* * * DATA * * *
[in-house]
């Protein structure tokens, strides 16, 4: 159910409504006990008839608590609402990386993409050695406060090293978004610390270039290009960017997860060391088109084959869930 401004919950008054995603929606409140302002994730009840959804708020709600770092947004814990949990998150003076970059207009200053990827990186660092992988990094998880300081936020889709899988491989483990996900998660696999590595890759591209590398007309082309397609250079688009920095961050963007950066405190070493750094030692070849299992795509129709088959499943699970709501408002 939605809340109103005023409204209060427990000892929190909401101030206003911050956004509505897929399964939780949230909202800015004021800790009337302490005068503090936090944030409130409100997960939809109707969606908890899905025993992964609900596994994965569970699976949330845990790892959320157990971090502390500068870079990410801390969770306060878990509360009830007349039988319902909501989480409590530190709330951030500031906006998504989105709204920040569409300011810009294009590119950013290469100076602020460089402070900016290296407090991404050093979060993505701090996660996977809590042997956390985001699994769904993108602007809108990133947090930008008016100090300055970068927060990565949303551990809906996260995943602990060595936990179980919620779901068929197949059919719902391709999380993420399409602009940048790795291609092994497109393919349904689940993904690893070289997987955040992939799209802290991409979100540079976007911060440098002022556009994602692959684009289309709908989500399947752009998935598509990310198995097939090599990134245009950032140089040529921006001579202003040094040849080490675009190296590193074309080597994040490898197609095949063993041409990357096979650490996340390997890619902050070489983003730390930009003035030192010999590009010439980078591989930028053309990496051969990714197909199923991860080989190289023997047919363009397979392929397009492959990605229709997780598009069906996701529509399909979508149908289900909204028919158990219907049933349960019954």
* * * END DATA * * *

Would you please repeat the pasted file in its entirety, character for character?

[in-house]
């Protein structure tokens, strides 16, 4: 159910409504006990008839608590609402990386993409050695406060090293978004610390270039290009960017997860060391088109084959869930 401004919950008054995603929606409140302002994730009840959804708020709600770092947004814990949990998150003076970059207009200053990827990186660092992988990094998880300081936020889709899988491989483990996900998660696999590595890759591209590398007309082309397609250079688009920095961050963007950066405190070493750094030692070849299992795509129709088959499943699970709501408002 939605809340109103005023409204209060427990000892929190909401101030206003911050956004509505897929399964939780949230909202800015004021800790009337302490005068503090936090944030409130409100997960939809109707969606908890899905025993992964609900596994994965569970699976949330845990790892959320157990971090502390500068870079990410801390969770306060878990509360009830007349039988319902909501989480409590530190709330951030500031906006998504989105709204920040569409300011810009294009590119950013290469100076602020460089402070900016290296407090991404050093979060993505701090996660996977809590042997956390985001699994769904993108602007809108990133947090930008008016100090300055970068927060990565949303551990809906996260995943602990060595936990179980919620779901068929197949059919719902391709999380993420399409602009940048790795291609092994497109393919349904689940993904690893070289997987955040992939799209802290991409979100540079976007911060440098002022556009994602692959684009289309709908989500399947752009998935598509990310198995097939090599990134245009950032140089040529921006001579202003040094040849080490675009190296590193074309080597994040490898197609095949063993041409990357096979650490996340390997890619902050070489983003730390930009003035030192010999590009010439980078591989930028053309990496051969990714197909199923991860080989190289023997047919363009397979392929397009492959990605229709997780598009069906996701529509399909979508149908289900909204028919158990219907049933349960019954």